High school canteen in Negros Occidental practices zero-waste

By Nikky F. Necessario

Ever heard of the term ‘Wala-Usik’? Wala-Usik in Hiligaynon means zero-waste or nothing is wasted. The Bulata National High School (BNHS) in Cauayan, Negros Occidental started practicing it to minimize the plastic wastes that pollute the ocean.

After attending an Adult Summer Camp on Danjugan Island, Bulata, Negros Occidental, BNHS principal, Eiggy Duller Yap, brainstormed with his faculty members to think of a movement that would minimize plastic consumption in their school. Yap saw from the presentation of the Philippine Reef Rainforest Conservation Foundation Incorporated (PRRCFI) how polluted the seas are and how pollution destroys the marine life, and it turned out that plastics are the main culprit for such problem.

Several planning sessions and conference were organized school-wide to look into the environmental problems that can be addressed, especially plastic consumption. The meeting led to implementing a ban on plastics and to use instead biodegradable utensils that are made from bamboo, coconut, and banana leaves. Considering that agriculture is the backbone of Negros Occidental, said materials can be locally sourced. Barangay Bulata in Cauayan, Negros Occidental has good soil fertility where they could grow abundantly.

In a memorandum of agreement signed between BNHS and the farmer-owners, all the materials for the school’s wala-usik movement are provided free.

Moreover, BNHS faculty and staff established a cooperative to help fund the small canteen to support the zero-waste program. Yap mentioned that they also get fund assistance from Department of Education-Division of Negros Occidental.

Through the Wala-Usik canteen, the students feel happy because it enables them to help save Mother Earth. The teachers likewise feel satisfied knowing that the values they’ve been teaching in classrooms, such as taking care of the planet, are being practiced by their students. The parents, however, were also invited to make the utensils themselves, which could give them an alternative source of income.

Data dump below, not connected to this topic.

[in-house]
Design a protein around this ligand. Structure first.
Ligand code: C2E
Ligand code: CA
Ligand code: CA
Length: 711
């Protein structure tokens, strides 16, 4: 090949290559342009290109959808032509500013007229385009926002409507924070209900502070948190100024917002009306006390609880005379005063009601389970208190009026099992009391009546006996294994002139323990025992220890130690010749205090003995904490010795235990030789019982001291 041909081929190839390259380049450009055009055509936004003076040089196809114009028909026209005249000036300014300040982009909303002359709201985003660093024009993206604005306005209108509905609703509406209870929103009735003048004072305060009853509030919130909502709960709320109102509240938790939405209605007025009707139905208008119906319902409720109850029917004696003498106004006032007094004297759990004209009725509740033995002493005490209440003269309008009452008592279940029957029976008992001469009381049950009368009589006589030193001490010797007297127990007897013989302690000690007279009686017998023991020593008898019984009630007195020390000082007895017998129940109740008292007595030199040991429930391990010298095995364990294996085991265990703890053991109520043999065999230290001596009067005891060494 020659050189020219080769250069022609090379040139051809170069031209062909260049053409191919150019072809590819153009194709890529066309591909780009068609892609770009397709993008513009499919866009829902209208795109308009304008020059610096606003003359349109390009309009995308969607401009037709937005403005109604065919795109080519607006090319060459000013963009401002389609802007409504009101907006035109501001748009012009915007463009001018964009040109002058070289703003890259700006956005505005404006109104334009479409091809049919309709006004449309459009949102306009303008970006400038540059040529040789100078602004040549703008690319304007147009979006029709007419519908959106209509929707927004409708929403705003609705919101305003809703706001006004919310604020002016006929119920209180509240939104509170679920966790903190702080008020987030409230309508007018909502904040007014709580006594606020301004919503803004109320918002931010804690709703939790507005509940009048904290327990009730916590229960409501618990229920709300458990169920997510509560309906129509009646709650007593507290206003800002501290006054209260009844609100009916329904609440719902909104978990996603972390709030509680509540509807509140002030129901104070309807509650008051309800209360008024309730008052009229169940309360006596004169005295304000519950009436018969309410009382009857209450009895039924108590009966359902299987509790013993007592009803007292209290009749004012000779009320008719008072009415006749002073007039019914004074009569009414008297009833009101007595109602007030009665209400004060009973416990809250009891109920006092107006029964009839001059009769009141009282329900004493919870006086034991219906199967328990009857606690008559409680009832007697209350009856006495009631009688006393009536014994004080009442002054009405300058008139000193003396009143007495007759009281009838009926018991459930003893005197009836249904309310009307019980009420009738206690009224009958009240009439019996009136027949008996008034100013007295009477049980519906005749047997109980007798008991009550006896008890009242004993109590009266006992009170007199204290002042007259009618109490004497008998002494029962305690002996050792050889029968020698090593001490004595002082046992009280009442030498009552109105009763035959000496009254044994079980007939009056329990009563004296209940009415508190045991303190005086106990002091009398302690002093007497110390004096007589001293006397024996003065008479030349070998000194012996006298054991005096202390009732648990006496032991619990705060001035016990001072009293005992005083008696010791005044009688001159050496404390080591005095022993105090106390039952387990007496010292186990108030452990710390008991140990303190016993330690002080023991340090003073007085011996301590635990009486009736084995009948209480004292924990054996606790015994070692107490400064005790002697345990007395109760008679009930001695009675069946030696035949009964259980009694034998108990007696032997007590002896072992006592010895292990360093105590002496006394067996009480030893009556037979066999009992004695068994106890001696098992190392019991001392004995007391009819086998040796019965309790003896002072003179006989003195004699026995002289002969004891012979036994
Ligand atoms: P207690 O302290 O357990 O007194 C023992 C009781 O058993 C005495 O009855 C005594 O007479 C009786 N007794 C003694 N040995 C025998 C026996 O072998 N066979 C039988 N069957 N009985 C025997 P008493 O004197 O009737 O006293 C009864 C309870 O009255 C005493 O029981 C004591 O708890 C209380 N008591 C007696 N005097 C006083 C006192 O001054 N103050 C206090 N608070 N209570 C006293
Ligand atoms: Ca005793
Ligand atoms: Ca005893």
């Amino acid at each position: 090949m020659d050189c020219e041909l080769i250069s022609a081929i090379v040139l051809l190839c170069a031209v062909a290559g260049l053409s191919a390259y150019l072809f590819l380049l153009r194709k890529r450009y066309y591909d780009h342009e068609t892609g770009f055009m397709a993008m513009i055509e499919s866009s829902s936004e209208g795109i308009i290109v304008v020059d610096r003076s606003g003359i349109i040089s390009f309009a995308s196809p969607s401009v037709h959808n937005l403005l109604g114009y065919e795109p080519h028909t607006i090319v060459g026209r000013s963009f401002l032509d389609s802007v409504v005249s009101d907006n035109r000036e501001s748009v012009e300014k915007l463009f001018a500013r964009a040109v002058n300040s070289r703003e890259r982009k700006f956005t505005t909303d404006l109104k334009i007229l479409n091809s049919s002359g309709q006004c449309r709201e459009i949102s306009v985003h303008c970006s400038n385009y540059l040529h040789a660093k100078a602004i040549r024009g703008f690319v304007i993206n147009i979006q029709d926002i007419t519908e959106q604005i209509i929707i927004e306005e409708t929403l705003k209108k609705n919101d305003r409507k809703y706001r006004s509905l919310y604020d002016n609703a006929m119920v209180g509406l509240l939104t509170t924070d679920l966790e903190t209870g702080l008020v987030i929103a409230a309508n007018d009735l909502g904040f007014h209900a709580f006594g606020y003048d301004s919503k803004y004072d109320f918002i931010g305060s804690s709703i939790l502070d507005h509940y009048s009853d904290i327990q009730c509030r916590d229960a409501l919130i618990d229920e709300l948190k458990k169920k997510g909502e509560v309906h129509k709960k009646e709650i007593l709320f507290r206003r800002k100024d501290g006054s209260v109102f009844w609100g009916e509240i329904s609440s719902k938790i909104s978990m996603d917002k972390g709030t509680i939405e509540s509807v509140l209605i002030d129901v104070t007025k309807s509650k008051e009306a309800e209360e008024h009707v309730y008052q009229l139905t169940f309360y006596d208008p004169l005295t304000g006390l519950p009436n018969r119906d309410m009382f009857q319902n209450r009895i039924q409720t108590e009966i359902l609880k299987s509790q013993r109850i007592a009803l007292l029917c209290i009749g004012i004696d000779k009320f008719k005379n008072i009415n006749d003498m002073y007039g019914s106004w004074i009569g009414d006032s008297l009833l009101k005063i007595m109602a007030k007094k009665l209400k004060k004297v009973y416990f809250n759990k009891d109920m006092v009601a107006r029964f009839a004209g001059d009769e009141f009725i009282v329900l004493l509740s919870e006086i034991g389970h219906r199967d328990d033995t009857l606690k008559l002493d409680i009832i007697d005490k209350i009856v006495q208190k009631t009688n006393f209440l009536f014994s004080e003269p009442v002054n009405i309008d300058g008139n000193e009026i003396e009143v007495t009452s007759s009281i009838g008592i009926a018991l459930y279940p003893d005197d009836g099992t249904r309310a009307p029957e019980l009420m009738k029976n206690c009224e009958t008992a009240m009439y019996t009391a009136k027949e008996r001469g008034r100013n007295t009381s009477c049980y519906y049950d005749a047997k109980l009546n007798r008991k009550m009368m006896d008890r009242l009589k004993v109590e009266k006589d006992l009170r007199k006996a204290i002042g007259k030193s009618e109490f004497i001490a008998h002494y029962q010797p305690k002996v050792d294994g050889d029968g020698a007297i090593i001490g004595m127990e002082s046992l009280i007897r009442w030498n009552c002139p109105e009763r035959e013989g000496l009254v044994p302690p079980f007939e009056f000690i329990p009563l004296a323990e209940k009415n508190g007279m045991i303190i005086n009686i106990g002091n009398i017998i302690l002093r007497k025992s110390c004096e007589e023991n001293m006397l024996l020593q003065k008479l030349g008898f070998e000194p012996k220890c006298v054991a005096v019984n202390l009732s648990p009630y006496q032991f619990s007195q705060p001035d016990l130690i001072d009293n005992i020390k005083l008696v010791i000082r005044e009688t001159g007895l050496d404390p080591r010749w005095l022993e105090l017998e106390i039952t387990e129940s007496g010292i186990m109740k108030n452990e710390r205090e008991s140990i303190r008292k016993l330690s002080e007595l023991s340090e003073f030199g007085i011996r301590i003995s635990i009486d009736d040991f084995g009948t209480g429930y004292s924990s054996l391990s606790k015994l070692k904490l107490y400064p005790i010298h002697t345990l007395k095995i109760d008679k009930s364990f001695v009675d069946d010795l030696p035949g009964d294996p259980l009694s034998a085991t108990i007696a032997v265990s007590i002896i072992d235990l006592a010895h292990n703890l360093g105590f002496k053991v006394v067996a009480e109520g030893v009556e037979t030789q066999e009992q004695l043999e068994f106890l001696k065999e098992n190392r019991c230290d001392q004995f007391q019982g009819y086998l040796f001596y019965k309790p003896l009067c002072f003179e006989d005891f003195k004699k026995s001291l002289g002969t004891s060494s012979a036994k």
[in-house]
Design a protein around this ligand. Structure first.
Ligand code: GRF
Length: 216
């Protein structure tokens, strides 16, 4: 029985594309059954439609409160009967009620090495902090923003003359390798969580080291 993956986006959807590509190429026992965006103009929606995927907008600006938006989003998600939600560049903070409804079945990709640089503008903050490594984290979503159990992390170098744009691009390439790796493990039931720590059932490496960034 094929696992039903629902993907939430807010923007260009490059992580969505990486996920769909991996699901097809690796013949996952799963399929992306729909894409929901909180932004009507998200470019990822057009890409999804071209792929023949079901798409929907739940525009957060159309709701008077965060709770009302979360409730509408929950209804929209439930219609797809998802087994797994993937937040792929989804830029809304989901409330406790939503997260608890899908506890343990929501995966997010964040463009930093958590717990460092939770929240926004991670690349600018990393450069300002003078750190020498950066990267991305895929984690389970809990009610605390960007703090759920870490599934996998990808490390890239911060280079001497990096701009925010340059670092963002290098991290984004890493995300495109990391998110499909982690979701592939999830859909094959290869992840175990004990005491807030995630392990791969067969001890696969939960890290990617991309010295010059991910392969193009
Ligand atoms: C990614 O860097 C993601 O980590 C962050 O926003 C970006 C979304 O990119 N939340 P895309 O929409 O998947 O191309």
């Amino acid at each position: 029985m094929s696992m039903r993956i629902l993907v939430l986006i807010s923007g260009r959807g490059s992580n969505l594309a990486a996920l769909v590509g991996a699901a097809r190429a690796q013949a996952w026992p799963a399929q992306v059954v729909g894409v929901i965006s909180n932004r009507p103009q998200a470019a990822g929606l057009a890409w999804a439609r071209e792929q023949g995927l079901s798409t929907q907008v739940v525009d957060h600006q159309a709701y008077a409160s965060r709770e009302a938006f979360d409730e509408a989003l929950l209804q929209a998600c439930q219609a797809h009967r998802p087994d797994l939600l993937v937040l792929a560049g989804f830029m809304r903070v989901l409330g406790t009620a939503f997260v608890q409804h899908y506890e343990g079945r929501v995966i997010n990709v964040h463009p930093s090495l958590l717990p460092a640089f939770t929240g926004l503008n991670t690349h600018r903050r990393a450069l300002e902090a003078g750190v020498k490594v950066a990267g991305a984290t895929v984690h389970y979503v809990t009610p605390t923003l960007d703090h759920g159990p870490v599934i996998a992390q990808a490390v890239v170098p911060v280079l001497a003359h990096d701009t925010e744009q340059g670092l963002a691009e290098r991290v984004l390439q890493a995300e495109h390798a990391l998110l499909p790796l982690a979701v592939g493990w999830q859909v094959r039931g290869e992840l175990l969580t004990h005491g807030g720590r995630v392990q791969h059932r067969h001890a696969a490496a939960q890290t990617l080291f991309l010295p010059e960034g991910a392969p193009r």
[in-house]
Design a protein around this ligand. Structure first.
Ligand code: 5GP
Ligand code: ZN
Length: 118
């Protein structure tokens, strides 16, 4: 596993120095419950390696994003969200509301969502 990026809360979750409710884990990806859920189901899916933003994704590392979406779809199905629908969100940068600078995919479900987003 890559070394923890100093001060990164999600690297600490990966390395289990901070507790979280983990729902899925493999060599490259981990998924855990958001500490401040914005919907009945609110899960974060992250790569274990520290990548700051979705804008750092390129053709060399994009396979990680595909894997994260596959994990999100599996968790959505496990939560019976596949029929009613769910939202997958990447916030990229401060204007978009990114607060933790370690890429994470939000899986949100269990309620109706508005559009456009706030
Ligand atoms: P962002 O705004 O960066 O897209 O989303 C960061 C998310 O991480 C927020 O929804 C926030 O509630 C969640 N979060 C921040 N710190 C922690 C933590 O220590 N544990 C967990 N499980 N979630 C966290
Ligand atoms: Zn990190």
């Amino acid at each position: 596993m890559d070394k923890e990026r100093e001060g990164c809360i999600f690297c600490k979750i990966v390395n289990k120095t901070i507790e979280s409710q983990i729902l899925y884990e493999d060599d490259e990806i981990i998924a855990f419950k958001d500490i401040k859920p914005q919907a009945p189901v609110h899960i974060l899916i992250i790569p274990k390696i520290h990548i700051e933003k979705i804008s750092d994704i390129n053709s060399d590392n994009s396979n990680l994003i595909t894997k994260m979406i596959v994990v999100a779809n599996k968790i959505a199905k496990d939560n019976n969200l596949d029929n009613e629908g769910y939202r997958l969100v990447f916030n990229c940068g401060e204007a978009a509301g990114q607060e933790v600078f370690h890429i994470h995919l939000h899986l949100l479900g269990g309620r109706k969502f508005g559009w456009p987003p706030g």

“This advocacy is the start of taking the challenge of preparing them (the students) for a better future,” said Yap. As the school’s principal, he hopes that this experience in BNHS would eventually become a habit for the students. He looks forward to seeing the moment when the youth would share and practice a zero-waste lifestyle, and that would make them realize that the world is a bountiful place, not only for humans, but for marine life as well.

BNHS has also signed MOAs with their municipal mayor John Rey D. Tabujara, the Barangay Council, PPRCFI, and Brgy. Bulata Cooperative Association. The project is also supported by the Association of Negros Artists, the Teachers’ League Association, and DepEd-Negros Occidental Division. The wala-usik project inspired the Brgy. Council to initiate a plastic clean-up drive held last month.

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Nikky Necessario
Nikky Necessario was Agriculture Monthly magazine’s content producer. An Archer from the concrete jungles of Taft as she obtained her Bachelor’s Degree in Philippine Studies from the De La Salle University.The biggest irony of her as an Agriculture writer is that she does not eat vegetables (aside from Kimchi). A proud loving mom of four dogs and three cats.

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    1. This change will help farmers to increase their earnings as well, which will ultimately trigger faster economic development of nations.

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